When I sit down at the table with a B2B company to discuss social media, the majority of conversations start with LinkedIn. It’s the one network where a B2B company’s employees are likely to be regularly active, as well as an area of potential risk exposure. There is still a lot of curiosity regarding LinkedIn, and the overwhelming majority of companies I speak to want to maximize their participation on the network.
However, the other trend I’m seeing is an increase in the number of B2B organizations experiencing what appears to be “LinkedIn fatigue.”
LinkedIn fatigue is often brought on by a lack of positive change. Some common symptoms include plateaued community growth, content collection challenges or fewer associates sharing anecdotal successes. LinkedIn becomes a chore.
Thankfully, the symptoms of LinkedIn fatigue can often be treated. When working with B2B companies that are looking to maximize their LinkedIn presence, I like to start by recalibrating and refreshing their approach to the network. While there is no magic pill that will solve all of the issues, it’s a great way of shaking of fatigue, recalibrating efforts and approaching the network with fresh eyes.
Here are the key program pillars I hold out for B2B LinkedIn success:
Measurable Audience Growth
B2B LinkedIn strategies should place a strong emphasis on measurably increasing the size of opt-in target audiences. The larger the marketing-qualified audience, the more opportunities afforded to the brand to create marketing-qualified leads. Audience growth is a key part of the strategy and a program KPI. Simple, but not easy. Follower acquisition simply via content publishing can be tough. This strategy often requires the use of other tools or a better integration of LinkedIn as a company touch point across other marketing mediums.
Before I move on, I want to be clear: more followers does not always translate to success. There are several large, global companies with hundreds of thousands of followers that experience relatively low engagement rates. Is it because users of LinkedIn are more likely to lurk and consume in lieu of engaging with content? Probably. I also believe that large audiences require effective custom audience targeting in order to see stronger results. However, in order to leverage organic custom targeting, the audience needs to be in place. More on this topic in a minute.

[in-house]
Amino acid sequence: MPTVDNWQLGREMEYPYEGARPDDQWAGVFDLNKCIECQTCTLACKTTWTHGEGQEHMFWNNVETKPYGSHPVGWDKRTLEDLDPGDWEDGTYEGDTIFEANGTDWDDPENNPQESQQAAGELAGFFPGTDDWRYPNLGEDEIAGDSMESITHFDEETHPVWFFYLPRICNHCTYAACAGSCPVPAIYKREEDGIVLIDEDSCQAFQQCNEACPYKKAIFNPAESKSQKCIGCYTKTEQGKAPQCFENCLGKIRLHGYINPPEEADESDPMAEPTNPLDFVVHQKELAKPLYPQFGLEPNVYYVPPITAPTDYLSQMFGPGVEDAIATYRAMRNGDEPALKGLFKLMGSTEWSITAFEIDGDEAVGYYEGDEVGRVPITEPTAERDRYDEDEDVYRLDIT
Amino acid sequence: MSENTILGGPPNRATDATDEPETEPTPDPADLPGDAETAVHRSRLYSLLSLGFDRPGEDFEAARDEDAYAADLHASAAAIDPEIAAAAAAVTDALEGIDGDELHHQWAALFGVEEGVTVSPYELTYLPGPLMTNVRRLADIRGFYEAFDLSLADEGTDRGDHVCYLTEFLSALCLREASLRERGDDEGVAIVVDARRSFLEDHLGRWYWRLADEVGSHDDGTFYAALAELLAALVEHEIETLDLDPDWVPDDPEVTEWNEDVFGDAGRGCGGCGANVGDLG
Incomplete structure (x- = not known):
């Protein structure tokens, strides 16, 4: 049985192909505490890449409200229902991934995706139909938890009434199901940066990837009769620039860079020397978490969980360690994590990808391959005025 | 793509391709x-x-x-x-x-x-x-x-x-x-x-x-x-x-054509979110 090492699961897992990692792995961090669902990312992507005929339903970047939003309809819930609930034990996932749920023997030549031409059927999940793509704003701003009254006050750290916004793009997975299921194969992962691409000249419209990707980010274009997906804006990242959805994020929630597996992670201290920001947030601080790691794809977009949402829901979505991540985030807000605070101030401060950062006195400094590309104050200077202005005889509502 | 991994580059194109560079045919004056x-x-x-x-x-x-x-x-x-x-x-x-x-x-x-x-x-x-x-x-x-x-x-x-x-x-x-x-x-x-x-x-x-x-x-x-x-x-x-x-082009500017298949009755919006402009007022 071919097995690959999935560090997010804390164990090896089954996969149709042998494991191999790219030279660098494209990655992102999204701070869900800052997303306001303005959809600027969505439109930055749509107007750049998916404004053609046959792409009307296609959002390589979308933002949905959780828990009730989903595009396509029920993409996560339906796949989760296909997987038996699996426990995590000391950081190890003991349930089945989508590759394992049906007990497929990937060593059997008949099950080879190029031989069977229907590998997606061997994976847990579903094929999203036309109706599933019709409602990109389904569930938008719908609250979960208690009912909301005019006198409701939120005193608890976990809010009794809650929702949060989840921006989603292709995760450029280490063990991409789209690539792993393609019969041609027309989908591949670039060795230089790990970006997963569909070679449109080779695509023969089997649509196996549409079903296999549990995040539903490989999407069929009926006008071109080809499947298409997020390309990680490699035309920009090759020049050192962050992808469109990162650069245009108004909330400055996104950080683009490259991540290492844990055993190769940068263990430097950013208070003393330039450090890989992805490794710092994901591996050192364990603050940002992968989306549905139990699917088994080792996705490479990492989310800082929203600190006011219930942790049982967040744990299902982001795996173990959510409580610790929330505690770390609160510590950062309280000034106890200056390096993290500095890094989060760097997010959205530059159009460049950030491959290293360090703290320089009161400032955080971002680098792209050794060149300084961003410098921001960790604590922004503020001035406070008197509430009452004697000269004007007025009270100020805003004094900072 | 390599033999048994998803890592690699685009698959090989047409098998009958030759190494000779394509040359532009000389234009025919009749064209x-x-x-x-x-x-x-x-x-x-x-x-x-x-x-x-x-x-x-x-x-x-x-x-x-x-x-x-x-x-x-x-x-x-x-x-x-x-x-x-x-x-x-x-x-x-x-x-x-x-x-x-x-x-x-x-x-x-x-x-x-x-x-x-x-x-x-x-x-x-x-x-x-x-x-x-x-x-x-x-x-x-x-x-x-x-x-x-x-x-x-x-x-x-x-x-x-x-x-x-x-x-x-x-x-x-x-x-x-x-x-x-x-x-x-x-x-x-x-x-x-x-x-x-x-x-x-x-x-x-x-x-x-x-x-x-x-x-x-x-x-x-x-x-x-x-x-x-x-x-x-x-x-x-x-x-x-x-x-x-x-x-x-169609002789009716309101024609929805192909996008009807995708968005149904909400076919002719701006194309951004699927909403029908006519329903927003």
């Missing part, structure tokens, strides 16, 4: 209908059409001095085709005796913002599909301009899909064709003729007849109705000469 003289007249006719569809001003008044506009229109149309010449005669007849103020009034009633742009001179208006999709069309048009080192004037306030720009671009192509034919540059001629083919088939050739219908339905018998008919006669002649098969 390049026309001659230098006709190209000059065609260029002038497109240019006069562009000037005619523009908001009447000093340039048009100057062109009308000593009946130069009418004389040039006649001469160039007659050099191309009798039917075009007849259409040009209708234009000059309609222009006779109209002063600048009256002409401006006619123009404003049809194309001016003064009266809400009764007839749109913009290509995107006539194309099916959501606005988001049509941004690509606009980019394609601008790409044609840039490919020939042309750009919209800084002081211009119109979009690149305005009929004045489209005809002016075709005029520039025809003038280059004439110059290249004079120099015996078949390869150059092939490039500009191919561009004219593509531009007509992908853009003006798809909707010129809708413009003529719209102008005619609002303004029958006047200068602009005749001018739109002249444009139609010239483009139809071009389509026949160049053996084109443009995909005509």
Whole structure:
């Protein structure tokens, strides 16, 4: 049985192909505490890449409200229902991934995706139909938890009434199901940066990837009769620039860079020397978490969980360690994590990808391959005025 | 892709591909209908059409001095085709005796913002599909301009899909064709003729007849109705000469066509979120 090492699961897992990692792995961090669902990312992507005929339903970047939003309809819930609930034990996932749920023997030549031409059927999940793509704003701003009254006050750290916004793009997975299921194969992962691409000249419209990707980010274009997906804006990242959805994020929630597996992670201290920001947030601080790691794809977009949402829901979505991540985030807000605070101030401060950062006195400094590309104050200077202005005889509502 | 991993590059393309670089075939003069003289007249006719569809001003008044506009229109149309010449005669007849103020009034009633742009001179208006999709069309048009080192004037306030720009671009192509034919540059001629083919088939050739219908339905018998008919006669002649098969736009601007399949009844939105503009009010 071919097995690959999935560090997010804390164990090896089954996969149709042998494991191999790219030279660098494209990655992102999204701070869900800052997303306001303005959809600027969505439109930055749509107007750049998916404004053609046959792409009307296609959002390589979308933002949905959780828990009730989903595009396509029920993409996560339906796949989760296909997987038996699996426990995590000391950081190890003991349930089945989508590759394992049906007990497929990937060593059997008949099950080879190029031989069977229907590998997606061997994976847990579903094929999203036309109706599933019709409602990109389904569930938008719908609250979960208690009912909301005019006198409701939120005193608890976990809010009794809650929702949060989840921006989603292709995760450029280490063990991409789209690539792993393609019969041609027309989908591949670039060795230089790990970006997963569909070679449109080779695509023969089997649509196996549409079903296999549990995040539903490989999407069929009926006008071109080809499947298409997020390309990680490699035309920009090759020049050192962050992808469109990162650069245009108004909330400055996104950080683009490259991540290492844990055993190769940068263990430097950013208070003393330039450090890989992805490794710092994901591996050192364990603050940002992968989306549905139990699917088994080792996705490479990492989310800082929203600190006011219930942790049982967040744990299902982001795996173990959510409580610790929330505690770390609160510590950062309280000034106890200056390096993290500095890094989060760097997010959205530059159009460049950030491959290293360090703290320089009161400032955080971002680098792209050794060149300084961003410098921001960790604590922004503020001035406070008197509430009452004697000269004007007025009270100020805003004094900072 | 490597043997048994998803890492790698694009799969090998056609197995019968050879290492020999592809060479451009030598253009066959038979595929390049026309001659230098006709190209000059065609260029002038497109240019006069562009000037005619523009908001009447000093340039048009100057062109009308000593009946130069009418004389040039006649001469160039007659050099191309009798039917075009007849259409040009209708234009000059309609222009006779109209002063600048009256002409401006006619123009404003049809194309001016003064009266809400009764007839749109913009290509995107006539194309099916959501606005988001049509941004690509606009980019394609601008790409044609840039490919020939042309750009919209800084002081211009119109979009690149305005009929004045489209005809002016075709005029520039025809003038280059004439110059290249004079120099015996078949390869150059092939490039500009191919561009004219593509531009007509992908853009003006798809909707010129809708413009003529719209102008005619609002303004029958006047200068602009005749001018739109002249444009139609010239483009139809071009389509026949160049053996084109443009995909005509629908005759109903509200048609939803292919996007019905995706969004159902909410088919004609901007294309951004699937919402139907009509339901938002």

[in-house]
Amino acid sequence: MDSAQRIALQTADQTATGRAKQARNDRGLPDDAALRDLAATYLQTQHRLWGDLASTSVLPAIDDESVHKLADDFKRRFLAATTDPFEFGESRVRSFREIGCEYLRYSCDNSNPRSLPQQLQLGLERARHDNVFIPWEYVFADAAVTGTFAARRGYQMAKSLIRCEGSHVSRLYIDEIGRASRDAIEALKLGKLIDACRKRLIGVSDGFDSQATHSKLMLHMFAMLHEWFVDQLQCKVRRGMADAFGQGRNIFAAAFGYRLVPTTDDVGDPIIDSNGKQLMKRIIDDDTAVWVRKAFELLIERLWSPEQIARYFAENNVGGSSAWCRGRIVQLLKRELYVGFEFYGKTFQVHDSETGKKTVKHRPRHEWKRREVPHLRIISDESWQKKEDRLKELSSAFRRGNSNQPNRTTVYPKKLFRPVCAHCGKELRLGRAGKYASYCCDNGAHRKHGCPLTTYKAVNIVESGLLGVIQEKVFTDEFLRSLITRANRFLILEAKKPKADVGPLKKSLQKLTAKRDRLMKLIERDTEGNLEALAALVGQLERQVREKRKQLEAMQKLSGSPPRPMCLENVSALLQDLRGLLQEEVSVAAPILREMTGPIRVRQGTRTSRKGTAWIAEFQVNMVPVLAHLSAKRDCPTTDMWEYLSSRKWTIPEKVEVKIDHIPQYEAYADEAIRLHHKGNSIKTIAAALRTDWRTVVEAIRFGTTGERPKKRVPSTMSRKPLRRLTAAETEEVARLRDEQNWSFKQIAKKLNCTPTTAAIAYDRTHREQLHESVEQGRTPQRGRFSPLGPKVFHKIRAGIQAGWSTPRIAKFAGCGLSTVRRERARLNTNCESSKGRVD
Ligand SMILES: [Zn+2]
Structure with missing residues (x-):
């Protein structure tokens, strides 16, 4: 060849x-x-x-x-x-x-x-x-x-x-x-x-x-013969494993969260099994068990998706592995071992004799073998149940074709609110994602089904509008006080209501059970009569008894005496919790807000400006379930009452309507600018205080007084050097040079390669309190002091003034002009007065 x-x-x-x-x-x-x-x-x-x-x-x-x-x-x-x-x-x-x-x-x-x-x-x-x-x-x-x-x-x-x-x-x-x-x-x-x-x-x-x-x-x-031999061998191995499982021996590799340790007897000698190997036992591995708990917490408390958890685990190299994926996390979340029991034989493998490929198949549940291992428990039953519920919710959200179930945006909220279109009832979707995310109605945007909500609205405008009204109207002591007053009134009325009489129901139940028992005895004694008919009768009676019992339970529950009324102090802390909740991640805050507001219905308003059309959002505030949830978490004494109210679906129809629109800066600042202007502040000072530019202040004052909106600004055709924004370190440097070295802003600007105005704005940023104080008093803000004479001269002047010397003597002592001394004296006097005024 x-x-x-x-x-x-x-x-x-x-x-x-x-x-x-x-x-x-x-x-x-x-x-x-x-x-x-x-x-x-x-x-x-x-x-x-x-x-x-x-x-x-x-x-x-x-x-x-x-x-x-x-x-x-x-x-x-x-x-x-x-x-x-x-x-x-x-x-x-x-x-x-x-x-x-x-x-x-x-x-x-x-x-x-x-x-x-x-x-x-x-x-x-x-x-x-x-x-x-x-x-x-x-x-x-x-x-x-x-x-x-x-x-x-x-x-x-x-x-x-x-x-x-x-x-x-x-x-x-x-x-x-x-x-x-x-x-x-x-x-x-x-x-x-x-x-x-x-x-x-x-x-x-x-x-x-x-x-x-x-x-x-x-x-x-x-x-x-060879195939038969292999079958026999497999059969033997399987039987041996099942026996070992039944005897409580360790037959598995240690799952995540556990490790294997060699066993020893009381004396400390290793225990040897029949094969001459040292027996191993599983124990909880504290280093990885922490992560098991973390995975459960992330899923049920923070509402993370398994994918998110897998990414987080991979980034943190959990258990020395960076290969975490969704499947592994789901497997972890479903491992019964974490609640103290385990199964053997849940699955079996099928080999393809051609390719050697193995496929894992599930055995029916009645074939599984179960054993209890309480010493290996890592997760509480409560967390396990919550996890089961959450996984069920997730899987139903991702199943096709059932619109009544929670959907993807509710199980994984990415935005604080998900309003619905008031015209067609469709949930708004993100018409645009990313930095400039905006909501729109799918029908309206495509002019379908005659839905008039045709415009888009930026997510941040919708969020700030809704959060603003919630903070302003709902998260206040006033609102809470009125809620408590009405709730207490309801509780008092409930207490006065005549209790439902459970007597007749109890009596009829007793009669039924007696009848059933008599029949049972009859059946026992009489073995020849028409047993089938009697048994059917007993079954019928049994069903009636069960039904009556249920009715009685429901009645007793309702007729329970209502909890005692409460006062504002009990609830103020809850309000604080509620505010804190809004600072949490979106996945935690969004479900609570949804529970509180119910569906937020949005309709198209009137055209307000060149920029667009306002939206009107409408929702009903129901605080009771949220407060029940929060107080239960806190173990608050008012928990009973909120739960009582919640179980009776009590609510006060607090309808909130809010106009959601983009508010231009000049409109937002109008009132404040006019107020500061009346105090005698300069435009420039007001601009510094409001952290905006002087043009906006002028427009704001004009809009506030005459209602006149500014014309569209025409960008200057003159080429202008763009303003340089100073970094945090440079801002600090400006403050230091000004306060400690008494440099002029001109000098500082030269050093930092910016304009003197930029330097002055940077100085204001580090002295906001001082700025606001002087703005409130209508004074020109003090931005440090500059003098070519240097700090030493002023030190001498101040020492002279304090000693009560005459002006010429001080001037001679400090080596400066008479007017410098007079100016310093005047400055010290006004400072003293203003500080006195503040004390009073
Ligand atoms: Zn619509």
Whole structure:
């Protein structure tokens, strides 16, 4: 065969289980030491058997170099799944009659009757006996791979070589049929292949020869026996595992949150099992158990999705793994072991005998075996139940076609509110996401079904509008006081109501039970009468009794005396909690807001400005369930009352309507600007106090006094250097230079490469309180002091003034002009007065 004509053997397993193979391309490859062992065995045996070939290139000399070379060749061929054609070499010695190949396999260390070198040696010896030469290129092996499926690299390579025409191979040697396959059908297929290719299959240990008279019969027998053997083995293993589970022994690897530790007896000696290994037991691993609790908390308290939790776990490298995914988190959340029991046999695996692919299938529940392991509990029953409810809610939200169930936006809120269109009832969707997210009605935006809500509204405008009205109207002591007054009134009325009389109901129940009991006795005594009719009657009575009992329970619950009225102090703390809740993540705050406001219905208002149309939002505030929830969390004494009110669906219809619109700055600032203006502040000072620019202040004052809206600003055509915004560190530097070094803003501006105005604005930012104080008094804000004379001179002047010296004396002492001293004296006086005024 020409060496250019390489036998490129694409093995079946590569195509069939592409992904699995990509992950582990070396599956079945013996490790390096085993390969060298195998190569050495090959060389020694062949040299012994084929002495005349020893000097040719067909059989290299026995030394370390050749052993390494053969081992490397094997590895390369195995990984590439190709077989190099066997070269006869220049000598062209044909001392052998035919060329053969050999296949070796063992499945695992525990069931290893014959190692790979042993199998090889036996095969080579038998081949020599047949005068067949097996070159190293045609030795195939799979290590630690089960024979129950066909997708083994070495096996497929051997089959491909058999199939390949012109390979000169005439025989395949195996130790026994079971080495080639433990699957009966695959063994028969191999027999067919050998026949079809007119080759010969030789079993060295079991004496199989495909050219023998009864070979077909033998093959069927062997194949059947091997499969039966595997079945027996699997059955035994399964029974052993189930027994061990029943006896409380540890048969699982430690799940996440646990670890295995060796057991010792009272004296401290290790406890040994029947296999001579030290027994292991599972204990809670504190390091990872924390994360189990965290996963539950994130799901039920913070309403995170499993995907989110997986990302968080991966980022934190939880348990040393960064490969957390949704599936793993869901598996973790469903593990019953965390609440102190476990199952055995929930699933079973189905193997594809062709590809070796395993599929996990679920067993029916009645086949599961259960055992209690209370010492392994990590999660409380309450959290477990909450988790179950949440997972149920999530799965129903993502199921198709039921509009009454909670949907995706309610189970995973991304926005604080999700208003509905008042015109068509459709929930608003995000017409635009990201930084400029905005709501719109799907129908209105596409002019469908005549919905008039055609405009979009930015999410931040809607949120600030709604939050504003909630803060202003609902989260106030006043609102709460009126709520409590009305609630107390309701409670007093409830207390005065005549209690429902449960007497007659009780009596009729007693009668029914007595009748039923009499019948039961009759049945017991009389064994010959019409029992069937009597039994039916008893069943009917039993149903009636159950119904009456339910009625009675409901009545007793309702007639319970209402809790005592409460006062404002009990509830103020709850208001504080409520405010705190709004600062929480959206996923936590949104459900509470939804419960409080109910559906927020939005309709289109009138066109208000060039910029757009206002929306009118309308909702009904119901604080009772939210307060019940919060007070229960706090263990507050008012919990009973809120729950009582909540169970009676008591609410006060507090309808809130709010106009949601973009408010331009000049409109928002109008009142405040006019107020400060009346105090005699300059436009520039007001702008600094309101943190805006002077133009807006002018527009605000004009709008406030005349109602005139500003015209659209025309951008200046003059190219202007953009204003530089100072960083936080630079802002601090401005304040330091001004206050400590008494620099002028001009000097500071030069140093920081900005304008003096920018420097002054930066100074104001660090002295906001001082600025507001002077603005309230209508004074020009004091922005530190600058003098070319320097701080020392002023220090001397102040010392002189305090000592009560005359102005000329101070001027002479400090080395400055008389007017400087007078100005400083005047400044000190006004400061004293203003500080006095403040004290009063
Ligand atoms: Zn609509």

Frequent Publishing of Purposeful Content
Content creation is still a tough challenge for B2B marketers. Whether it’s coming up with ideas or investing the appropriate amount of effort into mapping out content for an extended period of time, developing and deploying a strategy is no easy task. However, the dollars shifting toward content creation and production are consistently increasing. B2B companies are helping to drive this trend.
When looking at LinkedIn through a content lens, the network has routinely discussed the impact frequent content updates have on an organization’s presence. LinkedIn has previously stated that companies that post at least 20 times per month reach at least 60 percent of their audience. Content frequency is an area where many B2B organizations struggle, but it’s a problem that can be quickly addressed with effective planning.
On the other hand, we’ve had several conversations with B2B marketers who are feeling fatigued from repetitive postings of executives in suits, employees performing charitable initiatives and inspirational quotes. Again, if this is what your audience craves and responds to, no need to try and fix what isn’t broken. But, I do think it’s worth noting that delivering value via content is a continual process that is constantly evolving. As a result, experimentation is often required.